Three generals and Russia’s Grand Duke go buffalo hunting

January 11, 1872

On this day, Russia’s Grand Duke Alexei Alexandrovich began a 700-mile trek to Nebraska for a royal buffalo hunt.  It took three generals, the cavalry, the infantry, five military ambulances and a brass band to get him there.

Traveling from St. Louis to Omaha midway through a celebrated world tour,  the prairie sojourn of the Grand Duke (right) captivated the nation.  Accompanied by generals, Philip Sheridan, Edward Ord and George Armstrong Custer, he arrived by special train at Fort McPherson near present-day North Platte.  There he met the most famous buffalo hunter of all time, Buffalo Bill Cody.

Fort Cottonwood was renamed McPherson in 1866

It was a breathtaking display of military excess. In addition to all the troops and hardware, it included a caravan of open carriages, a wagon for luggage and three more wagons just to transport the liquor to “Camp Alexei” 50 miles from the fort.  And the Grand Duke wasn’t exactly roughing it once he got there.   His tent was fitted out with oriental rugs, a box stove and an array of other special furnishings.

In a pre-Little Big Horn demonstration of détente, six Sioux chiefs and 600  warriors assembled to greet Alexei, performing feats of horsemanship and hunting techniques in exchange for 25 wagon loads of flour, sugar, coffee and tobacco.   

 Unfortunately by the second night a dispute arose at the camp when the 22-year-old Alexei was apparently too attentive to one of the Lakota women.  Gifts of blankets, ivory-handled knives and silver dollars were needed to calm the waters.  

Actresses Lydia Thompson, left, and Lottie Crabtree

It wasn’t the first time his Highness had been smitten with a young lady in the New World.   He raised eyebrows and made headlines across the country pursuing actresses Lydia Thompson and Lottie Crabtree as well as an unsuspecting young dance partner from Lawrence, Kansas. 

Nor was it the first time the Grand Duke’s romantic liaisons had gotten him in trouble.  His affair with  Alexandra Chukovskaya, (right) the daughter of a poet and eight years his senior, was bitterly opposed by Tsar Alexander III.  Many European critics viewed the world tour as an attempt by the Tsar to distract attention from the birth of the couple’s son the year before.

Custer pictured reclining with the Grand Duke, 1872

The Grand Duke’s visit to the United States lasted another six weeks following visits to Denver, Louisville, Kentucky, Memphis, Tennessee and New Orleans.  Alexei departed from Pensacola, Florida, on February 22 with a buffalo robe, several hundred pounds of frozen buffalo meat and a fast friendship with General Custer which lasted until Custer’s death in 1876.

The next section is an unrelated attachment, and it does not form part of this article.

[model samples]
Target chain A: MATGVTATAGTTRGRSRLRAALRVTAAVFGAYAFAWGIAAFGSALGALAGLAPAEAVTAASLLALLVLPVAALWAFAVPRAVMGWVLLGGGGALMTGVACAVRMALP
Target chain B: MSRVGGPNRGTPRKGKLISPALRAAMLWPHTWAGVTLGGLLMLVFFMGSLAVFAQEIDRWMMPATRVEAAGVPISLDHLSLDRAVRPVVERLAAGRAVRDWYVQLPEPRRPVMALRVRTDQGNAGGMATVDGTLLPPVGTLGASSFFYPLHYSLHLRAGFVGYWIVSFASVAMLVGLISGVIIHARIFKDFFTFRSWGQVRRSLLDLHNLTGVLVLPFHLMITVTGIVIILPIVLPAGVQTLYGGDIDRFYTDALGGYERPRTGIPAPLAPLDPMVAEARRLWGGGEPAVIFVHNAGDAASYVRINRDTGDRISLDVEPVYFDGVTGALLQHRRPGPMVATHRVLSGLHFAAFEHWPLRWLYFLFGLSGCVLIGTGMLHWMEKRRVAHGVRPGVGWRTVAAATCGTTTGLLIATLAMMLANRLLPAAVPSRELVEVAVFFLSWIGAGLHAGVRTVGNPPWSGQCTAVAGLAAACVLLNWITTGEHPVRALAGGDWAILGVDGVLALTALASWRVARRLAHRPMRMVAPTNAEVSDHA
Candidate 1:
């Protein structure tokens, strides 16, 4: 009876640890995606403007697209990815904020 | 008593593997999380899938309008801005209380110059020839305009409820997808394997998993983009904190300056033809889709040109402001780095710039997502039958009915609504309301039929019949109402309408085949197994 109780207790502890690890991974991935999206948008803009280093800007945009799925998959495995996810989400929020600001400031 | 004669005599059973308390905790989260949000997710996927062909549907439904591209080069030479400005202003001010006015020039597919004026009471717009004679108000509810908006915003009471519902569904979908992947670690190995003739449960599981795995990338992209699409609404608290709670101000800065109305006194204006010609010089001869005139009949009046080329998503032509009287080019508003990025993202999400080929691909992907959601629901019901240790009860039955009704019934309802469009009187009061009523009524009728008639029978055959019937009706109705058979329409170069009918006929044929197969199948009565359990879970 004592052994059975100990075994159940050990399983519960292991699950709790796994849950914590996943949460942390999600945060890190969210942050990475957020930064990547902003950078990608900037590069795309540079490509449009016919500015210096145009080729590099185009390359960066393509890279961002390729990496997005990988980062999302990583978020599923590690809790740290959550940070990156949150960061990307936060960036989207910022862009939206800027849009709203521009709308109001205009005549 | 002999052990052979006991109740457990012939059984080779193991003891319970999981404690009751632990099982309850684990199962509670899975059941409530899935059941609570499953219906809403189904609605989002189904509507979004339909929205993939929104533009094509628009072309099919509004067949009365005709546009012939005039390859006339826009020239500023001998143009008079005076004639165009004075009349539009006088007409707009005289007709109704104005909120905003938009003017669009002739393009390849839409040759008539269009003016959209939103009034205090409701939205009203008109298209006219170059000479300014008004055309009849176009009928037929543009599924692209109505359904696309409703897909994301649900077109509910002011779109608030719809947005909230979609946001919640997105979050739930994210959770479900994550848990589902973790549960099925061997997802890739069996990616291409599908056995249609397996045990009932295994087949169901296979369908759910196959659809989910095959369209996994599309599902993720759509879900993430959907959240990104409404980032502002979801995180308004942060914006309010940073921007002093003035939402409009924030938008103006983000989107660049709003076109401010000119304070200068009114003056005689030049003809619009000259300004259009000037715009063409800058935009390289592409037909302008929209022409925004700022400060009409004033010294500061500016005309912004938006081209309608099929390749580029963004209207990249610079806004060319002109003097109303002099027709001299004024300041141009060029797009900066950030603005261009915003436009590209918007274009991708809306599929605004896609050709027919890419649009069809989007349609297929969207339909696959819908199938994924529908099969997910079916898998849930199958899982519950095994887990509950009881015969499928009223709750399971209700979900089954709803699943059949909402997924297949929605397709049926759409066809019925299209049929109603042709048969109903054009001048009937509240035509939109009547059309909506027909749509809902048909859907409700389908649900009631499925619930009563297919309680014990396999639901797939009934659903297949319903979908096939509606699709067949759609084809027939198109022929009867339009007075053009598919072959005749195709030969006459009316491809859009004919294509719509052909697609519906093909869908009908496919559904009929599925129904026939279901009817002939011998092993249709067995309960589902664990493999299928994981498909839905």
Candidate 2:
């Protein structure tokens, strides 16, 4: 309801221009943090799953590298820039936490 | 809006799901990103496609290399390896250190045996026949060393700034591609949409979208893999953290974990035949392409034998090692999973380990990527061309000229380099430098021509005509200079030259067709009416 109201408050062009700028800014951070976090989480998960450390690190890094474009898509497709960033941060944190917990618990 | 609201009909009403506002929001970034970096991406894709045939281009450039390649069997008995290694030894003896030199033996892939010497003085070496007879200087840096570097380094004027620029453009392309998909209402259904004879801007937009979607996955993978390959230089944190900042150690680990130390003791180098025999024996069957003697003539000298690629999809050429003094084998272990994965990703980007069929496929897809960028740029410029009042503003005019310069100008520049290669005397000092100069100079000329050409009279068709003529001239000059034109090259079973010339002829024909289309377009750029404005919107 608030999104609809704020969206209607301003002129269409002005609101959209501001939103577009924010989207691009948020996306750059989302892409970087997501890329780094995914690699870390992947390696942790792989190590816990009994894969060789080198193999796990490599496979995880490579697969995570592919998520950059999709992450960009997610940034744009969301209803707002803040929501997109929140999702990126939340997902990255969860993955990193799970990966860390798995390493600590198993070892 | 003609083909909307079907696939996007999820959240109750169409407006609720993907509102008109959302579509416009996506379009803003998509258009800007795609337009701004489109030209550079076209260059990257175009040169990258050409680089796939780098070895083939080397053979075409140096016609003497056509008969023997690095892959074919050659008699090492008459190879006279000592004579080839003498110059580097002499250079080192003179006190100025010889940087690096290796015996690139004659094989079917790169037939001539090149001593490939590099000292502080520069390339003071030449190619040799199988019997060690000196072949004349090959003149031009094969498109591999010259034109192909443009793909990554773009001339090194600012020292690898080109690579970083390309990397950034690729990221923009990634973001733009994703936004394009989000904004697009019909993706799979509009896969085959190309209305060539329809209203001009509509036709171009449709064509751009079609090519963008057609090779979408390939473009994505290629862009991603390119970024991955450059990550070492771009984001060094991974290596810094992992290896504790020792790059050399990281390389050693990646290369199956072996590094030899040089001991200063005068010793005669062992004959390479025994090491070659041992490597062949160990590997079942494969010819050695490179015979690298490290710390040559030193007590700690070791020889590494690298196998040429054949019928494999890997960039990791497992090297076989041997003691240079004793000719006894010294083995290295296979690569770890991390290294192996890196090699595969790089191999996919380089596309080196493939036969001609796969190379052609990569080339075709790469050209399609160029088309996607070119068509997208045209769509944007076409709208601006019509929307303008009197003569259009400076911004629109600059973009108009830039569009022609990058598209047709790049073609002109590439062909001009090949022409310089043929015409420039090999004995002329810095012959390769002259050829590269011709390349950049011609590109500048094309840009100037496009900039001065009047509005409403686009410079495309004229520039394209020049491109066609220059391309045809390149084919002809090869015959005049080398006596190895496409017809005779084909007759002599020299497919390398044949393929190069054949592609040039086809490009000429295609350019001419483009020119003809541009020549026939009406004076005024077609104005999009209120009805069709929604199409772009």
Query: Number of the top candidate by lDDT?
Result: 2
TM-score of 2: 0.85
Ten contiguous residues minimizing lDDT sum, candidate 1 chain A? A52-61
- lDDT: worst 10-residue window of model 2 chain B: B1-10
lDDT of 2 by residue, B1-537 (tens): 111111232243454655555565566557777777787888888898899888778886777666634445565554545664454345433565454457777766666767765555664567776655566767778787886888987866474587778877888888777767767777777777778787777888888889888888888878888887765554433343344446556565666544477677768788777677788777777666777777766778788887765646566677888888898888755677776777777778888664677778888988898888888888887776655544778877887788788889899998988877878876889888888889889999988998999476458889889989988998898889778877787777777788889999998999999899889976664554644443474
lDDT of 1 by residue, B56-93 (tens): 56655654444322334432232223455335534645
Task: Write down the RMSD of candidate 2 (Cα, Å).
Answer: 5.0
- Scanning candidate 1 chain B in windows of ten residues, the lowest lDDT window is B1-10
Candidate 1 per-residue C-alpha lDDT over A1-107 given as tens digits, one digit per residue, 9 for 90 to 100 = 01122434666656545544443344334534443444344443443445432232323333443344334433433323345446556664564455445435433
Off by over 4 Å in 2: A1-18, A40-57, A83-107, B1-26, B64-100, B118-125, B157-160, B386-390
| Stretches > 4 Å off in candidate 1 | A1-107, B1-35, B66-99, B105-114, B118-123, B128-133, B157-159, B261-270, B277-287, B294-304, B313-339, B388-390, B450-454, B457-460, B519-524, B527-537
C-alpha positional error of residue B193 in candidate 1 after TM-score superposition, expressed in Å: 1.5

After the Grand Duke’s Western frolic had become old news in America, his celebrated affair with Zenaida Skobelyeva, “Zina,” Duchess of Leuchtenberg, continued to make him controversial back home. (Right, Duke and Skobelyeva) 

Following a spotty military career, he was eventually appointed General-Admiral of the Russian Imperial Fleet in 1883.   The navy’s defeat during the Russo-Japanese War in 1904, however, cost Alexei his command and he retired in disgrace.  The following year, mourning the  assassination of his brother, Sergei,  he retreated to Paris where he died three years later at just 58.

His reputation for “fast women and slow ships” tainted his legacy for years.   More recent history, however, has been a bit kinder, crediting the Grand Duke with reorganizing the Russian Navy, improving the country’s ports and modernizing the fleet.

By the time Alexei died in Paris, the American bison was in retreat, as well. Once numbered in the millions, it had been hunted to near extinction.   By 1890, fewer than a thousand were left.  Only casually related zoologically to the buffalo, the bison was misnamed by early explorers because of its somewhat similar appearance to the Asian Water Buffalo and the African Cape Buffalo.                                     A domestic water buffalo

Luckily, bison have made a remarkable comeback.  According to a recent census by the U.S. Fish and Wildlife Service, an estimated 300,000 animals are now on private ranches and another estimated45,000 roam on Federal land.

 An Inter Tribal Bison Council founded in 1990, is dedicated to establishing Native American herds.  Today 56 tribes in 19 states  collectively own more than 15,000 head, according to the most recent data available.Buffalo Bill Ranch State Historical Park, 2921 Scouts Rest Ranch Road, North Platte, Nebraska, includes 25 landscaped acres, the showman’s 1886-era mansion and four original structures for exhibiting Cody’s Wild West Show memorabilia.   Entered on the list of National Historic places in 1978, the grounds are next door to the Buffalo Bill State Recreation Area which features a variety of outdoor activities.

Managed by the Nebraska Game and Parks Commission, admission to the grounds is just $3 per vehicle and visitors are free to tour the mansion and other areas.  Open Monday through Friday, 10 to 4 from March 24 to Memorial Day and 10 to 5 daily from Memorial to Labor Day.  From Labor Day to Oct 24, the park is open 10 to 4 on Fridays.  For more information go to or call (308) 535-8035.   

© Text Only – 2018 – Headin’ West LLC  – All photos – public domain or fair use.

*Head On West strives for historic accuracy and uses a number of sources considered reliable.  When research differs on significant facts, the various points of view will be cited.